I Was Told "No"
I didn't think my request was unreasonable.
Nor did it come as a surprise to the requested party, as the other person has known for the better part of a year what was on my mind, and that the question was on the table for that length of time.
There was really no argument about it, since the other party and have a strong friendship and lots of mutual respect for each other.
Was I disappointed? Yes.
Was it permanent. No.
Both he and I knew that he wasn't really telling me "no." While it was the answer to the question on the table, that "no" was actually a much more empowering "yes" to pursue the same problem from a different angle. As a matter of fact, his "no" was more of an invitation for me to find a slightly different "yes."
Sometimes we take "no" as a final answer. When dealing with questions of legality, morality, or ethics, the "no as a final answer" is a pretty good thing.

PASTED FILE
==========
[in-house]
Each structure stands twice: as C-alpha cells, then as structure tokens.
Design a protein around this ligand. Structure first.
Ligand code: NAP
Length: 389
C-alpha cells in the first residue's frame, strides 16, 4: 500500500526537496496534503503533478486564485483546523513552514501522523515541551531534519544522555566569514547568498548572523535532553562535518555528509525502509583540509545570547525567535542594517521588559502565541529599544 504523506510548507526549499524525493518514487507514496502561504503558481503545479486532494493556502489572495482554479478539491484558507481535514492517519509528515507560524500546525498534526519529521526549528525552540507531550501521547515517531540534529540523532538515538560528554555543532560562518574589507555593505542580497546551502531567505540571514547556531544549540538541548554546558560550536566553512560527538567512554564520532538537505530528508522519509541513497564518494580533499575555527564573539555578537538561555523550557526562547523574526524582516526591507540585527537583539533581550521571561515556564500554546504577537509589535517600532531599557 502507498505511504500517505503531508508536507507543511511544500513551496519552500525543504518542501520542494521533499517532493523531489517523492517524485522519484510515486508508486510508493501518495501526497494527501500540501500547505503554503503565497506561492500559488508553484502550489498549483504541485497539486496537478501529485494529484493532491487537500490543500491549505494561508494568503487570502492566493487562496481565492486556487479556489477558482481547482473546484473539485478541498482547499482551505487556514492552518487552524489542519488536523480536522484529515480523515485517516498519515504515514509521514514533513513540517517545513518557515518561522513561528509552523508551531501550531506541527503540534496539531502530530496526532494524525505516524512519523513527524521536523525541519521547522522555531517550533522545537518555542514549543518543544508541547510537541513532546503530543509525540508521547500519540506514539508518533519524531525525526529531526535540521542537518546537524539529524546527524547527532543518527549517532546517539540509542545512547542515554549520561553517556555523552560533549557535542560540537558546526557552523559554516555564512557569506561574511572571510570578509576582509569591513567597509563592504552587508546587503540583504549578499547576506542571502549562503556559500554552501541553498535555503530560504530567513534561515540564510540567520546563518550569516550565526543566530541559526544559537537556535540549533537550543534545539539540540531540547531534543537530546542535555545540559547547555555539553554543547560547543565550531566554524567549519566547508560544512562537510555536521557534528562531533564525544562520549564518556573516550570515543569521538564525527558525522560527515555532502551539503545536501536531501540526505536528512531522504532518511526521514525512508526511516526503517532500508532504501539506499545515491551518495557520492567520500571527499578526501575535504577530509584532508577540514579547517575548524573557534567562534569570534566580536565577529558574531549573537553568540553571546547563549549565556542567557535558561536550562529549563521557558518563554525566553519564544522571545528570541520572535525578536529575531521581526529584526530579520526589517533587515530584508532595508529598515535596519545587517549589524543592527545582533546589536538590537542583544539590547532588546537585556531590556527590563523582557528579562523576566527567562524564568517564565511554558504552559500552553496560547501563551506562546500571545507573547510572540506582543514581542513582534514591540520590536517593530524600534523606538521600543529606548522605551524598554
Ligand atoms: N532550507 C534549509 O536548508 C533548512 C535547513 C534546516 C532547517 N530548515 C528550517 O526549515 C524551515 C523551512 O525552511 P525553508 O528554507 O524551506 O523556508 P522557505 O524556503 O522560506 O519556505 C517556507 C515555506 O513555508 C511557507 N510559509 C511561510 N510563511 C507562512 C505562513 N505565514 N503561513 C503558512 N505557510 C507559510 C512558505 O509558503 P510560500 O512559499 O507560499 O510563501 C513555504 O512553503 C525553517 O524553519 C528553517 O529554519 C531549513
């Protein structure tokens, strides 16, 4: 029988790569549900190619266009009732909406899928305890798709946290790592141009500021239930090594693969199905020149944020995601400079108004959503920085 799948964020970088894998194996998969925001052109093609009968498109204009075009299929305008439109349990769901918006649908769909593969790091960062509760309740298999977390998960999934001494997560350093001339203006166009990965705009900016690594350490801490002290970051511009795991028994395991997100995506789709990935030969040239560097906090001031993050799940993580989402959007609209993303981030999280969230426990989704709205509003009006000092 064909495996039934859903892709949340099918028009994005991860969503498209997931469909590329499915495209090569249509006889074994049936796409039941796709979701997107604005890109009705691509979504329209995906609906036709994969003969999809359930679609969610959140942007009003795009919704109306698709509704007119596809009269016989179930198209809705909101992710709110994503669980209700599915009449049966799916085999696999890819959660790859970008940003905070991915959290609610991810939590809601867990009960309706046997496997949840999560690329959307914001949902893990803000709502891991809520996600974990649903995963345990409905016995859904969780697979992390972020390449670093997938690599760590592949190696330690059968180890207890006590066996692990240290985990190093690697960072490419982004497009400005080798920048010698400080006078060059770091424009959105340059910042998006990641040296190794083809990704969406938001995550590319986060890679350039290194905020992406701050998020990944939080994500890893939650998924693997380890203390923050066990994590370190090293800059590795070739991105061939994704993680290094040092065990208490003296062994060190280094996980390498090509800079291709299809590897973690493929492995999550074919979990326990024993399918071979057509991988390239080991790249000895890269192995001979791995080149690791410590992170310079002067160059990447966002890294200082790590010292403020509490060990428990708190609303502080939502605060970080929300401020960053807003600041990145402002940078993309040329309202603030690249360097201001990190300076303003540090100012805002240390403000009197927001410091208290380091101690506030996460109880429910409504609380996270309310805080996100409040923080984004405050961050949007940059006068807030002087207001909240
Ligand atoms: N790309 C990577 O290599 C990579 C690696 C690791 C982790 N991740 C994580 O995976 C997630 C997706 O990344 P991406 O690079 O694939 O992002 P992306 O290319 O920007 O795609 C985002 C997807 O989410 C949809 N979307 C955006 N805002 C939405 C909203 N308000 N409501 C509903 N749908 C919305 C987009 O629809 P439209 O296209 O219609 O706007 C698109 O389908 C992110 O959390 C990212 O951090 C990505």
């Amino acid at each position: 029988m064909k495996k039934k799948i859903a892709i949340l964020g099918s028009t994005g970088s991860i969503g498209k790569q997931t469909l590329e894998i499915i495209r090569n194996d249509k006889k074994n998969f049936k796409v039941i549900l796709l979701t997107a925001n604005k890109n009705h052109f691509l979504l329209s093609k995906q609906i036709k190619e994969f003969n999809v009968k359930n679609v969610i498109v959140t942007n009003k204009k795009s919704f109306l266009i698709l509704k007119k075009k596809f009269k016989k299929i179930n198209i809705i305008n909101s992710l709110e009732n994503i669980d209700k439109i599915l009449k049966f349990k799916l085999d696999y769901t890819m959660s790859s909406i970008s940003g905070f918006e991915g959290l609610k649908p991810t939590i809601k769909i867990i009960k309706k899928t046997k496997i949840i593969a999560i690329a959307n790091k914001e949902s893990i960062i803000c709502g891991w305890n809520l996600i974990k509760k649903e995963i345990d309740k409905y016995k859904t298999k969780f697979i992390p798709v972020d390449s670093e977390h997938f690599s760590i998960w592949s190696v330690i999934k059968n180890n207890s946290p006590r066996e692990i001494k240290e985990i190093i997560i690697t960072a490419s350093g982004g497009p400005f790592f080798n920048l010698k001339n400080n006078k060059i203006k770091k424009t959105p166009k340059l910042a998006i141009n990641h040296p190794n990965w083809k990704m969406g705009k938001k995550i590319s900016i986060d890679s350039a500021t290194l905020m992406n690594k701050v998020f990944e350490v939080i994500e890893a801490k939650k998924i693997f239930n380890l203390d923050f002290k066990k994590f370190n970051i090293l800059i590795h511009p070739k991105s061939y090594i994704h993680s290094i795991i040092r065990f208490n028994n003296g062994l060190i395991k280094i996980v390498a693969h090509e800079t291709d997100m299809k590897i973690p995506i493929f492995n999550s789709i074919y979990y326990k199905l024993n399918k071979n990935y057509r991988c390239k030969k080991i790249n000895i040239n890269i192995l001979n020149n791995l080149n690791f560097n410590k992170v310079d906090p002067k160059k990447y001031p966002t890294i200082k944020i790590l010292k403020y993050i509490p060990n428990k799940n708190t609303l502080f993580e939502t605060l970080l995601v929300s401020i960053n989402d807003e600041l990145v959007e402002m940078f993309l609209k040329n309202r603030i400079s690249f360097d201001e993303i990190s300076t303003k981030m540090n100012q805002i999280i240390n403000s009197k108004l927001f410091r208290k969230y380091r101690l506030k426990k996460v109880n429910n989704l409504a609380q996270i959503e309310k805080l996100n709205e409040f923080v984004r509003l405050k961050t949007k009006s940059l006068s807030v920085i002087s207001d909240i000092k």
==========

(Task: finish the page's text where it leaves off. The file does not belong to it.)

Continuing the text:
But for everything else? Well...
At a former client, we had a running joke of being told "no" up to five times before an idea took root.
"No" is actually the seed of the "Yes" plant. If you plant a "no" and the soil is fertile enough and well watered, you can't help but grow a "Yes" eventually. If the "no" is planted in the desolate soil of defeatism, then "no" stays just that, just like a seed shrivels and dies rather than producing a plant. And all you get is a frustrated farmer.
My "no" seed is currently germinating quite nicely into a "yes" ... a future accomplishment in the making.
What about yours?